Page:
Having the Courage of Our Convictions

These are interesting times for the future of the curriculum in Scotland’s schools, as a quick tour of the news media this weekend will illustrate. The Sunday Times reports that the Scottish Government will announce plans later this week to ‘press ahead’ with the implementation in August this year of Curriculum for Excellence (see also John Connell’s blog on the subject).  This, despite the opposition School Leaders Scotland and the SSTA, the secondary teachers’ union, who argue that it’s all very well for primary schools to implement the changes necessary for reform, but it is unrealistic to ask secondary schools to radically alter their established practices without knowing the nature of future national qualifications*

Meanwhile, in the ‘Ecosse’ section of the newspaper, Chris Woodhead, the former Chief Inspector of schools in England and Wales, weeps for the abolition of national tests at the age of 14, and tries to convince us that if they (England) are to return to the halcyon days of education, then the power of the teaching unions ‘has to be broken’ as they obstruct Michael Gove’s promise to ‘replace the skills-obsessed, politically correct, thematically organised national curriculum with a traditional, subject-based approach.’ Personally, I don’t have a problem with a curriculum which is obsessed with developing the skills of its young people, especially if ‘skills’ is preceded by ‘critical’ or ‘thinking’.

Speaking of traditional approaches, the TESS on Friday informs us that for the first time in over 150 years, a new national curriculum will be introduced in Australia, a move which will apparently see an end to attempts to deliver a more integrated experience along the lines of the Queensland rich tasks model which has been admired and emulated in other parts of the world, and a return to subject-based learning and stricter national guidelines. In a spectacular display of obfuscation, it is described by the Australian Prime Minister Kevin Rudd as a ‘back to basics approach that will help restore grammar, history, literature and phonetics to the classroom.’ It is very tempting in times of economic uncertainty to want to return to a time when things were apparently simpler, and greater, to ‘get back to basics’. The Scottish government is to be congratulated for showing a far greater ambition.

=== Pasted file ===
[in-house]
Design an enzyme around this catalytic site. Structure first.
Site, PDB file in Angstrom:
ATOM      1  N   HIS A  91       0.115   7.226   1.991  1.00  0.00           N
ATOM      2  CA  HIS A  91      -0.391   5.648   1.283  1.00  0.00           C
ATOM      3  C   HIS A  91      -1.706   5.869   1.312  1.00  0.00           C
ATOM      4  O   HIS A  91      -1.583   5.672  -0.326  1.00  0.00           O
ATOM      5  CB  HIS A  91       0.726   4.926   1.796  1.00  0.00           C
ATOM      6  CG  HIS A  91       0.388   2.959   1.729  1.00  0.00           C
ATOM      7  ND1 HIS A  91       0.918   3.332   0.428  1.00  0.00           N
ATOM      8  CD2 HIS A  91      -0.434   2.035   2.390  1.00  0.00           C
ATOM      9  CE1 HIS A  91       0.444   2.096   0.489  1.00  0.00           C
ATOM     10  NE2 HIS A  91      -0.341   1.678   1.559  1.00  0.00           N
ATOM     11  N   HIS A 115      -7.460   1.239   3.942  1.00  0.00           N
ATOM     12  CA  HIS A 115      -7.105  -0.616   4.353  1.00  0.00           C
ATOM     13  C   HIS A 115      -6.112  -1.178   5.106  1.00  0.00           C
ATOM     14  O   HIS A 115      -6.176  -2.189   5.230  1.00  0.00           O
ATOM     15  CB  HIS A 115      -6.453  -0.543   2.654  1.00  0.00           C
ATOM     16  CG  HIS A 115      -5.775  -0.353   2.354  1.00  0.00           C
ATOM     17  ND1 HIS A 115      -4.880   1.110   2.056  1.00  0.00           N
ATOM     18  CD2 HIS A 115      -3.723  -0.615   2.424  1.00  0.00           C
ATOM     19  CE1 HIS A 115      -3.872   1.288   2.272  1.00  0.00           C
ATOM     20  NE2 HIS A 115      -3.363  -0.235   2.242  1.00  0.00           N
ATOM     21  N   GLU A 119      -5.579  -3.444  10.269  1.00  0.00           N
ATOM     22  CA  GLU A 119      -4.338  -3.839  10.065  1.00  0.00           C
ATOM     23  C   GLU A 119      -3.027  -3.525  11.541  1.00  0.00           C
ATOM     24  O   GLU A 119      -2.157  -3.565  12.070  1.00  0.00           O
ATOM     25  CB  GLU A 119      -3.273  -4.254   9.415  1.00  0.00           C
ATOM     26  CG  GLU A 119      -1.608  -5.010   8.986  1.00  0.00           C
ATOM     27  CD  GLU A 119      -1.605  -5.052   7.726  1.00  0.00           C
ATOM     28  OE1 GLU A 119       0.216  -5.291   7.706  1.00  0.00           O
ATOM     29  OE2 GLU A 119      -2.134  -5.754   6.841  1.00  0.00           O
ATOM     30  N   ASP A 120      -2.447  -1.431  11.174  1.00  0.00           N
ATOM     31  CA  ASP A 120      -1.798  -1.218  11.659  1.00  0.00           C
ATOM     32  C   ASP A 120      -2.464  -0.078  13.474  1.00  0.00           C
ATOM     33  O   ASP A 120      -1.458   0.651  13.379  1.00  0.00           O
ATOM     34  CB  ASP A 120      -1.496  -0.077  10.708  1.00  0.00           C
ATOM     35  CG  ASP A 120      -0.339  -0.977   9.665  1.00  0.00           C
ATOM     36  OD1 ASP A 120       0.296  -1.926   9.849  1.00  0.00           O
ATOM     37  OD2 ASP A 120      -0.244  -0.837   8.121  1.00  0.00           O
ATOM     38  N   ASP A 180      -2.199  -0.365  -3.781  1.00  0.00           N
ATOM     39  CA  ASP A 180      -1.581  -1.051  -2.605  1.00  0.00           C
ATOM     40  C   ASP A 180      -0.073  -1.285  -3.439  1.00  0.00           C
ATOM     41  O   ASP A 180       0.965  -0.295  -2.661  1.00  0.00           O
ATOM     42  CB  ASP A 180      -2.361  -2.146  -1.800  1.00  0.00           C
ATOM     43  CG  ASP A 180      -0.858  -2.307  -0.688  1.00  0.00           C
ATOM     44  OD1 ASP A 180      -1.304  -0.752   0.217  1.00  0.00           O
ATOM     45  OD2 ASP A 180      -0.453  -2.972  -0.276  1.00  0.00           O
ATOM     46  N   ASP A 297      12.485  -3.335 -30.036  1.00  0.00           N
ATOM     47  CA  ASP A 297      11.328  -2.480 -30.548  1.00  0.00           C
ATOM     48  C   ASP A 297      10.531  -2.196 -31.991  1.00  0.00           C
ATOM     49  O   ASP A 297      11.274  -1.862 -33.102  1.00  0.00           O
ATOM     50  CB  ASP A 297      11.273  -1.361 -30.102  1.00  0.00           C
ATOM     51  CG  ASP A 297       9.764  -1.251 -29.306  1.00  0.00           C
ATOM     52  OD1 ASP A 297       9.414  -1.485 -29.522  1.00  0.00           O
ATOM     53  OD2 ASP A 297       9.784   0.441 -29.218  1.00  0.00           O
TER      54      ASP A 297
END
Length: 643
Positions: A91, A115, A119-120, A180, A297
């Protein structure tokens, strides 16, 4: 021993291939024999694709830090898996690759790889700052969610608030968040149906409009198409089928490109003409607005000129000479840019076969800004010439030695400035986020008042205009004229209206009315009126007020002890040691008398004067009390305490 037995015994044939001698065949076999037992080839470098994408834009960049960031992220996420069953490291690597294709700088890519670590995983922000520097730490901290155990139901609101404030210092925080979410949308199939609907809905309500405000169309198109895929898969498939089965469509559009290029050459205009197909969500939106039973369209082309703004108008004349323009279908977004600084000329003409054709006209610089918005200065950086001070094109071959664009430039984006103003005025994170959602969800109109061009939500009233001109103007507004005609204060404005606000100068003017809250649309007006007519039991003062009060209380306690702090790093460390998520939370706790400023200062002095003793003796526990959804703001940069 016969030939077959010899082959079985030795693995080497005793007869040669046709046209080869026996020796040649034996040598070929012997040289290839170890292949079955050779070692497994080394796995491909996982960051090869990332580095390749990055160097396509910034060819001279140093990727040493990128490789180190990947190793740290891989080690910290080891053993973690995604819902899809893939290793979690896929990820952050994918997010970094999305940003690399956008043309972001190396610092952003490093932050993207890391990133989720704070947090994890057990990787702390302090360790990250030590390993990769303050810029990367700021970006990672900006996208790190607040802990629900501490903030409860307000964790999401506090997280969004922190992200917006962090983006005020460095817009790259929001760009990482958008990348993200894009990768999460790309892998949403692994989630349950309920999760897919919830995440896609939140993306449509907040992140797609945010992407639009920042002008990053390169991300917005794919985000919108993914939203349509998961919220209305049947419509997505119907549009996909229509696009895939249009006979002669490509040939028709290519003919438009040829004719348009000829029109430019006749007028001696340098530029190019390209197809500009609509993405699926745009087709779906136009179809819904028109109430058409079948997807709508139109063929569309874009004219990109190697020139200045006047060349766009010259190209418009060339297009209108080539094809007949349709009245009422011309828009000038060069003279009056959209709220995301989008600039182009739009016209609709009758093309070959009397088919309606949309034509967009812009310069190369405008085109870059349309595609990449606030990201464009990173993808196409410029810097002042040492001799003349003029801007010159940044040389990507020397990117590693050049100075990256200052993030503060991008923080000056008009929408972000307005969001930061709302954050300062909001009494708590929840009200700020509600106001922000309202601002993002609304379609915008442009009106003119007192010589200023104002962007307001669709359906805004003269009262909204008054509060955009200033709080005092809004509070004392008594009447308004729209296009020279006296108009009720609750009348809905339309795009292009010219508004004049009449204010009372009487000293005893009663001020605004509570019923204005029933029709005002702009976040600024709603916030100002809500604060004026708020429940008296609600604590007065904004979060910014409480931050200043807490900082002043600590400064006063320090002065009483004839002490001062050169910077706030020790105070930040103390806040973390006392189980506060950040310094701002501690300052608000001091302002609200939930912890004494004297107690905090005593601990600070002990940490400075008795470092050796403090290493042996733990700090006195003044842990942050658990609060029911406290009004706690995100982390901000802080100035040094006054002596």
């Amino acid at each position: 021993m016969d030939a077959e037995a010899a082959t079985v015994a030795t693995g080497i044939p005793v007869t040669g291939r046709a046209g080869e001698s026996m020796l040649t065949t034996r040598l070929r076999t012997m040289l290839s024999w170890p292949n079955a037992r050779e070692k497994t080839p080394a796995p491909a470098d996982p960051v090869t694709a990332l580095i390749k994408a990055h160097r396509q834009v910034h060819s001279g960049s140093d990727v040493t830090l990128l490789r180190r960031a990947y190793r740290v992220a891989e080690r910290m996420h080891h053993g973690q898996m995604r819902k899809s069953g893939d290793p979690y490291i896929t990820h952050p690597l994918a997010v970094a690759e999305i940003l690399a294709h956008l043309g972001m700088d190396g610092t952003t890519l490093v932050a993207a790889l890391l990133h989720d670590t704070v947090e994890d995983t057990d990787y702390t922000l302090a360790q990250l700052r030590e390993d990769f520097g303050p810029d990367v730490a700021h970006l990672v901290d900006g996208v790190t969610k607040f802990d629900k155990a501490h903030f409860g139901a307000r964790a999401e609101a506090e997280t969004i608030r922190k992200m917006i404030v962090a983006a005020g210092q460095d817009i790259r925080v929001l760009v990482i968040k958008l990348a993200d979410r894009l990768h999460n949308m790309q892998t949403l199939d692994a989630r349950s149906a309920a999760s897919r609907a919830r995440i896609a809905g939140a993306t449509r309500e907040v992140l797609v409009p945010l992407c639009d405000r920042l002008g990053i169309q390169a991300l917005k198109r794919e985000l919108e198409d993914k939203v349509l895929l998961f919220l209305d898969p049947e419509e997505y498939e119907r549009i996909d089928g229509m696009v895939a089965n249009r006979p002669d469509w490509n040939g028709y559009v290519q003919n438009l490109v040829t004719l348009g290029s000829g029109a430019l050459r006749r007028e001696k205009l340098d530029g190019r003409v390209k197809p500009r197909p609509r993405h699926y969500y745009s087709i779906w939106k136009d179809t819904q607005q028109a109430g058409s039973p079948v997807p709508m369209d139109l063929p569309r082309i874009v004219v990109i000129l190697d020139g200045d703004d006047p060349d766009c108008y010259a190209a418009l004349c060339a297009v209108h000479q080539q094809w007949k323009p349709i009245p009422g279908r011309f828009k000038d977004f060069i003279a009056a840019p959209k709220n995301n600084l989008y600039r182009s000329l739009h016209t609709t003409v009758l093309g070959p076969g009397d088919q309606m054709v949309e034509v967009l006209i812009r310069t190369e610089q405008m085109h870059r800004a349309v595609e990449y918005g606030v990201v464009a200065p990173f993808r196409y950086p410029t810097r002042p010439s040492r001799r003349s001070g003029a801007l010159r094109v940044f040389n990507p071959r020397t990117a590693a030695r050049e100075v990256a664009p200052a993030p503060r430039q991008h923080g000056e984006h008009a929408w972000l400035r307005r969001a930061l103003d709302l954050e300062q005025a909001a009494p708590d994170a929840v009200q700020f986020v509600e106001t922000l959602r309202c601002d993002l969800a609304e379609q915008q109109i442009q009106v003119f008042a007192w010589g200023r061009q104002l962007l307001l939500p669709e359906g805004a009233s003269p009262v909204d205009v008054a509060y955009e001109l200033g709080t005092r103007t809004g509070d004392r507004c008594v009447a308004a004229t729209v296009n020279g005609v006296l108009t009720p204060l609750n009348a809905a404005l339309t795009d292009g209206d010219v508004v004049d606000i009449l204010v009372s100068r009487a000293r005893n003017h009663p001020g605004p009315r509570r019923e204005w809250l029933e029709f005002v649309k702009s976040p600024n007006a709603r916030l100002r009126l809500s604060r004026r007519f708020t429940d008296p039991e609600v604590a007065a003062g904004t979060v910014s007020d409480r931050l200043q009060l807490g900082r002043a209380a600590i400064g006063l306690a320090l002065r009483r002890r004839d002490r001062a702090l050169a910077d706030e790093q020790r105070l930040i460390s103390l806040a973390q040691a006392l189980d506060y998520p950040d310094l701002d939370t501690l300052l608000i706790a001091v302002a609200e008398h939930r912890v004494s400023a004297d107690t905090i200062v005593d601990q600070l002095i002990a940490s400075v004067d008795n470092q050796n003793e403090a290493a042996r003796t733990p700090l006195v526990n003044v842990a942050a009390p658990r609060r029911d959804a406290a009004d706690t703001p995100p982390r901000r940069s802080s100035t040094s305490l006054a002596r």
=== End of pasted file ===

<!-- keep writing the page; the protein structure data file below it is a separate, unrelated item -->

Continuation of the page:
On another page of the same edition of  TESS, David Cockburn argues that the four capacities of Curriculum for Excellence shouldn’t be seen as the end of the educational process, but as ‘philosophical concepts that underpin and inform everything we do.’  He doesn’t elaborate on ‘what everything we do’ should be, although I would guess, by implication, he means more or less what we do at the moment. Seeing the four capacities as the end of the educational process is, he says, ‘vacuous’. On this point I totally disagree. The capacities, or the purposes to give them their original name, do indeed set out the aims of the curriculum – or the ‘end point’ if there could ever be an end point in the activity called learning – and the detail underneath the four headline statements provide as good a description of that well-educated, well-rounded individual as you are likely to find.

*The future of national qualifications remains unclear, although it is also reported in Friday’s TESS that the SQA are promising the new National 4 and 5 qualifications will ‘mark a radical departure from traditional exams’, with case studies, practical tasks and projects playing a greater role in comparison to paper and pencil tests. Whatever form future assessments may take, it is highly probable that the professional judgement of teachers will carry more weight, with a reduction in expensive, bureaucratic, external exams.